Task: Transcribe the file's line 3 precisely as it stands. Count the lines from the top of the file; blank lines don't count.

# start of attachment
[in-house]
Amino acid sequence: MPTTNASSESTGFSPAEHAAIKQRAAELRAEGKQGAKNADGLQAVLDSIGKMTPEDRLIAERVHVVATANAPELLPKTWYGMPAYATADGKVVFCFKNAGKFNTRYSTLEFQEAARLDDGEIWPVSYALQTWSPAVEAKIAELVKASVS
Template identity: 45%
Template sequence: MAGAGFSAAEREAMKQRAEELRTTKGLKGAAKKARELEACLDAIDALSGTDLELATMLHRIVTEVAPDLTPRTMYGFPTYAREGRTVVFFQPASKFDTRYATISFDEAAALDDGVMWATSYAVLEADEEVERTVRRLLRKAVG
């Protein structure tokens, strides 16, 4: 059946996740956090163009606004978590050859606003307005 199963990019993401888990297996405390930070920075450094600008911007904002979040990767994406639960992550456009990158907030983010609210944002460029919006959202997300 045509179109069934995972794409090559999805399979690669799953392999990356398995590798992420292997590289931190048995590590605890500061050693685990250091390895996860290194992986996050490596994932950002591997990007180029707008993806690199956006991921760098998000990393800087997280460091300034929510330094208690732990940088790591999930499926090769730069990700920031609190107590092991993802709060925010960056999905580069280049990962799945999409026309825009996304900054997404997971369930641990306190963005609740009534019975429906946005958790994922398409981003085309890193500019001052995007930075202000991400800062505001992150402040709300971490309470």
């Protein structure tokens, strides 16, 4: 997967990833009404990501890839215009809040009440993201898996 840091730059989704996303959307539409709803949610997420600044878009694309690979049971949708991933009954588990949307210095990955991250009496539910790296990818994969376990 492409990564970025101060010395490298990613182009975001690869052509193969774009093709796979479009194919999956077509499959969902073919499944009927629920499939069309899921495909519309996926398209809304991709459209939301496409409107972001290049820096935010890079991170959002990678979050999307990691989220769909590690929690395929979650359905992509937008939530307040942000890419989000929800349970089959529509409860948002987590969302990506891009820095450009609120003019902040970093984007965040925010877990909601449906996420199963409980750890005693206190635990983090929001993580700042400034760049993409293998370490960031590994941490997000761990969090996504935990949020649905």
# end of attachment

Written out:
Template identity: 45%